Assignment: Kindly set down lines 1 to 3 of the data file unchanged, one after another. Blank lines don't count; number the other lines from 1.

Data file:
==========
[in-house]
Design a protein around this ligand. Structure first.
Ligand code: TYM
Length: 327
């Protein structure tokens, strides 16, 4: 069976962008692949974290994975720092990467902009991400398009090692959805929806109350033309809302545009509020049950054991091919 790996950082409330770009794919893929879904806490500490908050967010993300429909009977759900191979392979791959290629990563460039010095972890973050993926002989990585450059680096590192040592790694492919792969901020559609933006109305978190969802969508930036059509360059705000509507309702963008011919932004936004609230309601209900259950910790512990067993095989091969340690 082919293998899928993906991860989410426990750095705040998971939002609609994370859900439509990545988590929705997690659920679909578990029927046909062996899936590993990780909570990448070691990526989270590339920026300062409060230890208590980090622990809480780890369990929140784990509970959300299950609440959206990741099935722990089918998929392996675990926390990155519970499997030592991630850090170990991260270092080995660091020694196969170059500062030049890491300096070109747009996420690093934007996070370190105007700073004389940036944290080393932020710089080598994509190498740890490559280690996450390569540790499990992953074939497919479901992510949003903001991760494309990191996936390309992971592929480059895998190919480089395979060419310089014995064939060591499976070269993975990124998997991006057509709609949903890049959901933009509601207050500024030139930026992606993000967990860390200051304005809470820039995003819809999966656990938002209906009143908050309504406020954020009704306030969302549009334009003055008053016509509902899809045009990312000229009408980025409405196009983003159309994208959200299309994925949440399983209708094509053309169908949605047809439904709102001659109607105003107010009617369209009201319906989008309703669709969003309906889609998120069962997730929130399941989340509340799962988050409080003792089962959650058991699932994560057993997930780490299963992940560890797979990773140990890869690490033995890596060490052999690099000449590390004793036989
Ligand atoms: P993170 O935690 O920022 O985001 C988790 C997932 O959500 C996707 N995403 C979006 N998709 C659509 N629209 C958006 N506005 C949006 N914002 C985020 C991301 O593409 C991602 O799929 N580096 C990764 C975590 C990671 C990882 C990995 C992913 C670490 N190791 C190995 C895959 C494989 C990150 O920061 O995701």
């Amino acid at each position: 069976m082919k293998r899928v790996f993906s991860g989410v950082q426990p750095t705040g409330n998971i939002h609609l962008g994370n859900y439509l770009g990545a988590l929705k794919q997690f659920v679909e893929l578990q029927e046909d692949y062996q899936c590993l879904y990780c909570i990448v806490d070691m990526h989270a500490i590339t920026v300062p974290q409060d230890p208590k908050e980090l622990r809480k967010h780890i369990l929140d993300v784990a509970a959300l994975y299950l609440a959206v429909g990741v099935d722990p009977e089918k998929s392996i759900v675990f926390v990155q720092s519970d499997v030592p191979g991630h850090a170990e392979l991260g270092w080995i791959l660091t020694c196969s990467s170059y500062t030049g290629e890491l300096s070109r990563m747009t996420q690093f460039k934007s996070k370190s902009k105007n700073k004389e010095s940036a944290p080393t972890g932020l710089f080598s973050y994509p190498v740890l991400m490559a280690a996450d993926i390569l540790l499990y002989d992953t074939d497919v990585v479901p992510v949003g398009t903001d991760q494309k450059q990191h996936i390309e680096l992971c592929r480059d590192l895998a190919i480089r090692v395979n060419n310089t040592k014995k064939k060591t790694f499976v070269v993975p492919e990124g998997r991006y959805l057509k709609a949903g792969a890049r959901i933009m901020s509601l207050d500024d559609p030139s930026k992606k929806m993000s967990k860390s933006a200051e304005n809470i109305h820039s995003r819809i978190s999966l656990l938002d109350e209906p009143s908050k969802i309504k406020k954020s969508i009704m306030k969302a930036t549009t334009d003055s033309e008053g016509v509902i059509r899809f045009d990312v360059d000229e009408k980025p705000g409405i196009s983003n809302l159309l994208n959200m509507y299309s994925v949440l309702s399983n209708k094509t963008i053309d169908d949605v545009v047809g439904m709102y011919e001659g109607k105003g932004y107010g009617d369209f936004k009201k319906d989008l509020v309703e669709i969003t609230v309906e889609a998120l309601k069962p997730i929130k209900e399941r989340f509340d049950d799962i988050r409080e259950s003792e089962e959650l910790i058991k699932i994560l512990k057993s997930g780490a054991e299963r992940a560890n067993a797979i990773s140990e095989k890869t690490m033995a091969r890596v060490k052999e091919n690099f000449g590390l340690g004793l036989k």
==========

[in-house]
Design a protein around this ligand. Structure first.
Ligand code: TYM